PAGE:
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Brussels Hoofdstedelijk Gewest
Brussels Hoofdstedelijk Gewest

Brussels Hoofdstedelijk Gewest, or the Brussels Capital Region, is one of the ten provinces contributing to Belgium. The province is located in the valley of the Senne River and consists of 19 municipalities, each with some measure of administrative autonomy. The largest among the municipalities is Brussels, which contains the historic city center and the "European Quarter," home to European Commission and the Council. Due to housing European institutions, Brussels is often nicknamed the "capital of Europe."[8] Located in the central northern part of Belgium, in the Brabantian Plateau, the city of Brussels experiences a "maritime temperate climate."[1] The warmest month in the city tends to be July, while December receives the most precipitation.[6] Regarding local attractions, Brussels features a variety of historical and cultural landmarks scattered across the city. Some of the sights include Maison du Roi, the Grand Place, the Mont des Arts, as well as several museums.[7] In the northern part of the old city stretches Parc de Laeken - Royal Parc, designed in the French style. There are some adjacent attractions near the park as well, such as Atomium, Mini-Europe, Planetarium, and Design Museum Brussels.[4] Another area within the city is Bois de la Cambre Park, located towards the city's southern part.[5]

What Brussels Hoofdstedelijk Gewest is known for

Brussels Hoofdstedelijk Gewest, also known as Brussels Capital Region, is one of the ten provinces of Belgium. The city contains the historic core and the "European Quarter," where the institutions of the European Union can be found. The EU's executive components, located in Brussels, include the European Commission and the Council of the European Union. Additionally, the city also hosts the committee sessions of the European Parliament. Thus, Brussels, as the seat of the European Union, is also referred to as the "capital of Europe." [8]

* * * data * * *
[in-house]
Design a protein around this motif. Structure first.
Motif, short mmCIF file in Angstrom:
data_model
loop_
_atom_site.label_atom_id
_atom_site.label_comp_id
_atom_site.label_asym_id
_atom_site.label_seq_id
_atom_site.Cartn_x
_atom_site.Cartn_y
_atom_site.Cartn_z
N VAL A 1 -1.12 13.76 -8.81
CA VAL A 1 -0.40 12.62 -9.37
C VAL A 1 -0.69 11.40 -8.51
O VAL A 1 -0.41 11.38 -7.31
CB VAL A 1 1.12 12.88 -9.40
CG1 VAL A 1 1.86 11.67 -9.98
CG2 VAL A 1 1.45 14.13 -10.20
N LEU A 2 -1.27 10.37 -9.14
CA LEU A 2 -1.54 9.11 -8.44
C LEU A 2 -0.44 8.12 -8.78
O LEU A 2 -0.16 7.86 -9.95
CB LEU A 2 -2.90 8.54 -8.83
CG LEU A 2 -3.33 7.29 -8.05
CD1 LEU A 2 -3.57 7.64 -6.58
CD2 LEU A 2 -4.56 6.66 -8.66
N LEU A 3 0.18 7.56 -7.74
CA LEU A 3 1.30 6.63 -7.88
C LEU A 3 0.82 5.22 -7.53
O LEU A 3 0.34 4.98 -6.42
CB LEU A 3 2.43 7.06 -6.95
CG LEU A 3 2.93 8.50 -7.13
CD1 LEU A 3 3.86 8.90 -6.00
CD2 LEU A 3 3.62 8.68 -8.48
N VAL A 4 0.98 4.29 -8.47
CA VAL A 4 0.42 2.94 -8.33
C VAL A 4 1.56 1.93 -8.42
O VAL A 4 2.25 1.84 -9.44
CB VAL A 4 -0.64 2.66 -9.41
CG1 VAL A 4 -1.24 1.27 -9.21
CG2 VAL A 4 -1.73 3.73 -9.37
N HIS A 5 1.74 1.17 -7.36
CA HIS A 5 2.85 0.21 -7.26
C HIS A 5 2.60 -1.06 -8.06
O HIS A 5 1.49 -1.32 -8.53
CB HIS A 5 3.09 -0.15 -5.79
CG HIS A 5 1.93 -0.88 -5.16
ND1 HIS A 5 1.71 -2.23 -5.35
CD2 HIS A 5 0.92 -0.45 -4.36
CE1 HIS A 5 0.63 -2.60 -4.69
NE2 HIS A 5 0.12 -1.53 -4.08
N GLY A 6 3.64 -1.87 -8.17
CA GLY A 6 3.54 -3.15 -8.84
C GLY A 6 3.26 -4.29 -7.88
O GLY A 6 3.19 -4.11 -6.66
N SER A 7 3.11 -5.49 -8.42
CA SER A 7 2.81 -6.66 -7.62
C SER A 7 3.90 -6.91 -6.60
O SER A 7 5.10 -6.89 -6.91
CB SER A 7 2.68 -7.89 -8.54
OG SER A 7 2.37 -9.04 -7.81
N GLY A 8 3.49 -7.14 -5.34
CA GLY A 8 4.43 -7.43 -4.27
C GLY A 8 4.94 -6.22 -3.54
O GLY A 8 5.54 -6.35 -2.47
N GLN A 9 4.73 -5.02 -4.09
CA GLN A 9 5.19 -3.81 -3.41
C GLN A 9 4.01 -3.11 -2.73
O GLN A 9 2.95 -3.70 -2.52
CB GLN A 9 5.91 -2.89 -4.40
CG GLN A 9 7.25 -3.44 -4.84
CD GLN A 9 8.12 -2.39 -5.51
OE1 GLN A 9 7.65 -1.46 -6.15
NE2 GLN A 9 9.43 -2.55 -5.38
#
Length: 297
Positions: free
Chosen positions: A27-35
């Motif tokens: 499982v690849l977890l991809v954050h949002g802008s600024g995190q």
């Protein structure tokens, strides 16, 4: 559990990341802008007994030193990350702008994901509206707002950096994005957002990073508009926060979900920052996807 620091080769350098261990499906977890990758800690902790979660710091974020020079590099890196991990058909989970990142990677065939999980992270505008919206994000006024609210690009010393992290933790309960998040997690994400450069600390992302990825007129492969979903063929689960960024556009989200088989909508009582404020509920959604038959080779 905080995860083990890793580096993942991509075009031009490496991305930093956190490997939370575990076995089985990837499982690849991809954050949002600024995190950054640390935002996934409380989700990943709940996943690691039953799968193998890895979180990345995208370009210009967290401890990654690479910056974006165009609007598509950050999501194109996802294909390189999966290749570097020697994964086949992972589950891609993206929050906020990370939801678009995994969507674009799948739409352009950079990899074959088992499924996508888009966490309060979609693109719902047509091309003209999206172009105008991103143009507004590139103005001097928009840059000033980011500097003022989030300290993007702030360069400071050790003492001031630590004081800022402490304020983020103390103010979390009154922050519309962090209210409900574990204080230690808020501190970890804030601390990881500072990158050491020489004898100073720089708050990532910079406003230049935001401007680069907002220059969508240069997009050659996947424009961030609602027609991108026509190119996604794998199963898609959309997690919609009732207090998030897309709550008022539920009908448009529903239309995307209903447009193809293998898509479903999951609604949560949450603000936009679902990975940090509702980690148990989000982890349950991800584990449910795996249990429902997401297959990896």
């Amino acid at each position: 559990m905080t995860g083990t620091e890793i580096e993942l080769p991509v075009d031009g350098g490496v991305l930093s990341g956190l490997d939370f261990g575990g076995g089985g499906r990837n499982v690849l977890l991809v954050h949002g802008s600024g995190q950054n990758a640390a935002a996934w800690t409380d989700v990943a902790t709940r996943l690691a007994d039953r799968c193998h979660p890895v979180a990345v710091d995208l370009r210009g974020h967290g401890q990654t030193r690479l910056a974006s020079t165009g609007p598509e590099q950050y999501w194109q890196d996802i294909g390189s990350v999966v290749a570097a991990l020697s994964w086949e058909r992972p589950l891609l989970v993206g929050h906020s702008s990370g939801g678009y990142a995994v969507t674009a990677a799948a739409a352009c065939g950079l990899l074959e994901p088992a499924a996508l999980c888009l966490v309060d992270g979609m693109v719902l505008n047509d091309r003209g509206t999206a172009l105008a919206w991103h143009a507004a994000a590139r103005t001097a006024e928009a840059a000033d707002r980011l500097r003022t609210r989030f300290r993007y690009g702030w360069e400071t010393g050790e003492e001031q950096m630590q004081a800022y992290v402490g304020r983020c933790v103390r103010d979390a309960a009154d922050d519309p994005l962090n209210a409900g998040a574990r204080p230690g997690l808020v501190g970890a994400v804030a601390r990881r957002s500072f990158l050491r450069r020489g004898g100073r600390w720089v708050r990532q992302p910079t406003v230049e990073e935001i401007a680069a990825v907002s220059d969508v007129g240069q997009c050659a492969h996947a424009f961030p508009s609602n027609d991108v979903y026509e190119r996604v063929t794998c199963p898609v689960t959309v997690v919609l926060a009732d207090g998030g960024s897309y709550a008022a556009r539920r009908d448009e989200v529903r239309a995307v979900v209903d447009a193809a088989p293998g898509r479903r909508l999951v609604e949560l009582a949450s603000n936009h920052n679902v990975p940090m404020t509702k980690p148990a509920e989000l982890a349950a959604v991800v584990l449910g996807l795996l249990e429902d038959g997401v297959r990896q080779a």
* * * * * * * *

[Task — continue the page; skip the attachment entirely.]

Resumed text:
As a result of the region's extensive history, Brussels features a considerable number of historical and cultural landmarks. The Grand Place is one of the stops for tourists visiting Brussels. The square features the town hall, Maison du Roi, and private houses built in the 17th century, making the area a notable display of architecture. Visitors can find the Royal Galleries, one of Europe's oldest covered galleries, not far from the Grand Place. The Mont des Arts offers a panoramic view in all seasons and is home to the Royal Museums of Fine Arts, Bozar, and the Museum of Musical Instruments. Other destinations include the Royal Palace, Place Royale, and Manneken Pis statue. Design enthusiasts can seek out the Design Museum Brussels, located near the Atomium. The Palace of Justice is another considerable architectural landmark, while the Horta House and Koekelberg Basilica offer a glimpse into different architectural styles. Additionally, the city center features a Marolles district where visitors can find traditional cafes, bars, and the Vieux Marché flea market.[7]